In Articles, Family Resources
Enabling and Manipulation

One of the glaring characteristics that an active addict and alcoholic possesses is the ability to manipulate people.  A component that addiction needs to keep it “alive” is to get what it wants.  That usually entails the person that is using drugs and alcohol to lie, cheat, and steal.  They usually do it to the people that are closest to and love them the most.  The addict seeks the avenues for more money, shelter, and sympathy.

Family members of people that are struggling with addiction are put into their own prisons.  We often forget that as human beings we have certain rights.  They get compromised on a daily basis.  Remember that you have the right to be treated with respect.  You have the right to feel safe from being threatened physically, verbally, and emotionally.

Here are a few ways that will hopefully help the person with addiction in your life to get help.  Although this is not easy by any means, if you practice this on a daily basis, regardless of what happens to the other person, you will begin to heal.

Learn How To Say No…..Nicely

  • Learning and mastering the ability to say no is one of the greatest tools you will learn to use. Being able to say no for requests for money, shelter, cars, and anything else the addict needs that is yours will relay to the person that you have set boundaries.  After hearing no for what they want will eventually get them to stop asking.  When enough people tell an addict no, it cuts them off and many times it makes them realize that they have a problem.

Keep You Distance             

  • One way to avoid being manipulated is keeping your distance from the addict. This is a very difficult proposition.  Most times we love the person and we worry all the time about their well-being.  We think that if we have them around that they will be safer and better off.  This falls in line with the ability to say no.  In order for the disease of addiction to be interrupted, it needs to be cut off from what feeds it.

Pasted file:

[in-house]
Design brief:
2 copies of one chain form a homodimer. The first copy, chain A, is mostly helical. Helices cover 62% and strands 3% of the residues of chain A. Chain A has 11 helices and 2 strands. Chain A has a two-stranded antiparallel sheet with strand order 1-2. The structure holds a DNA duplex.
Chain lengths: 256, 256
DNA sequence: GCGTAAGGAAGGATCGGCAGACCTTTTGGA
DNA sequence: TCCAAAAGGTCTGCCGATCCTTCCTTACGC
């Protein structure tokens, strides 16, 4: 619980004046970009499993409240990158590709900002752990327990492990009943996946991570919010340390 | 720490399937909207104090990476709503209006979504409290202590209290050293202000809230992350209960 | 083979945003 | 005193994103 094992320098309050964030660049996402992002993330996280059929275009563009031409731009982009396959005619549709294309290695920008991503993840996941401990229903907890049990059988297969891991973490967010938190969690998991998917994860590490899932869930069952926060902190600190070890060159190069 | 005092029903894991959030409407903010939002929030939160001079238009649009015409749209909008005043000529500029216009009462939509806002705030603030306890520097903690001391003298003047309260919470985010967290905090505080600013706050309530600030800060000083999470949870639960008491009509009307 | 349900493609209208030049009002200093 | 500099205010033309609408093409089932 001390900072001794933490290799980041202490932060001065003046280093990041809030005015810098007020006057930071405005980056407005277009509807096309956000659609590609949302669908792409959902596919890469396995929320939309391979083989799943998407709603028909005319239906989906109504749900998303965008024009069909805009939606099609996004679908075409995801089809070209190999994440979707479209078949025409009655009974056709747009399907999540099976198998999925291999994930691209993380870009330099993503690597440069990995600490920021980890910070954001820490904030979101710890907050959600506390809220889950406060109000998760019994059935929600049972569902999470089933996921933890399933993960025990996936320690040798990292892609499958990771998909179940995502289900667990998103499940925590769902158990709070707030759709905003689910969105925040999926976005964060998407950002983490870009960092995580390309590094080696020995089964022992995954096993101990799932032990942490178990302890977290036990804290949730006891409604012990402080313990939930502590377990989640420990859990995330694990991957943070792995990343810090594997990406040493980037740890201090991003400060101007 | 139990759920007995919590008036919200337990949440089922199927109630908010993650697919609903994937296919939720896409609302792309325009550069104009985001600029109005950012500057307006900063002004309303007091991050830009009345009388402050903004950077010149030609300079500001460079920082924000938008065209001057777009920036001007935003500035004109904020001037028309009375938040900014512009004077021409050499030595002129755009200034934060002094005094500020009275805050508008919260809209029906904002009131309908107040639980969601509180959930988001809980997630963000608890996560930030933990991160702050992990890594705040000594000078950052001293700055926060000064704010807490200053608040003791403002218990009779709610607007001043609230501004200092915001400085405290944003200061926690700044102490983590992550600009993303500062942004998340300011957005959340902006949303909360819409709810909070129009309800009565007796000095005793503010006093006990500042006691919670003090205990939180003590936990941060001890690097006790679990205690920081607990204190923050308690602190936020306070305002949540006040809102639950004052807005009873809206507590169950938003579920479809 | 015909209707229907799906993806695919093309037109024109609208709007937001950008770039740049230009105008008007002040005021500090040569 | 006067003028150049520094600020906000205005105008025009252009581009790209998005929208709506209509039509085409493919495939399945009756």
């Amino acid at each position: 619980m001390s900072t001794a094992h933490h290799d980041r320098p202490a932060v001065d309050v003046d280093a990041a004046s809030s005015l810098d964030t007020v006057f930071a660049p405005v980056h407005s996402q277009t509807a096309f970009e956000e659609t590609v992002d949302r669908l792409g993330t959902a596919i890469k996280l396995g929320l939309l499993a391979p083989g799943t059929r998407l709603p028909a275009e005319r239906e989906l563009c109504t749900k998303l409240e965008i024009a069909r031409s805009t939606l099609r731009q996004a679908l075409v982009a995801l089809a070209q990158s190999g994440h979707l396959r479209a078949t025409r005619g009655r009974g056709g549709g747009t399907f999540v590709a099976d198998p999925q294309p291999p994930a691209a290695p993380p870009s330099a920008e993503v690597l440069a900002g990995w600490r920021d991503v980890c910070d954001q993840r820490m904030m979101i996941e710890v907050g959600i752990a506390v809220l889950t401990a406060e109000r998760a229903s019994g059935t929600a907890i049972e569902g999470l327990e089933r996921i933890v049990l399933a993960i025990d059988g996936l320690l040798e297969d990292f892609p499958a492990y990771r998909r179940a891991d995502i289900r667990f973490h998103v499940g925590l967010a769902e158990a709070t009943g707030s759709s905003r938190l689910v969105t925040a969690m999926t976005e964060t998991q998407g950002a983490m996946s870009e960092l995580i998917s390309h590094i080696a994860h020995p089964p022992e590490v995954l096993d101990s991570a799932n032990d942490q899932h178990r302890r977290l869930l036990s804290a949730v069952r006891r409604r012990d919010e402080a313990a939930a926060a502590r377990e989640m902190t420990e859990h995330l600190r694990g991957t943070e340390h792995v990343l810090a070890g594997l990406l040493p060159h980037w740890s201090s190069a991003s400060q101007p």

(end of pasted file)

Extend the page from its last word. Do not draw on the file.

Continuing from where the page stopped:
Stop Blaming Yourself

  • Addicts and alcoholics blame everyone else for their problems. It takes the focus off themselves.  When they are able to play the victim they are filled with self-pity.  Many times you’ll hear them say “If you had my life you would drink too.”  You need to remember that you are not the one with the problem.  It is not your fault.  We also must remember that we did not cause the problem but we also can’t solve the problem either.

At Clearbrook we put a special emphasis on recovery not only for the people afflicted with the disease but their families and loved ones too.  Addiction is a family disease.  It has the ability to tear families apart. Our family program offers help for families members of drug addicts.  Please reach out to us as a family member any time.  When the family and the addict get help together the chance at sobriety increases exponentially.



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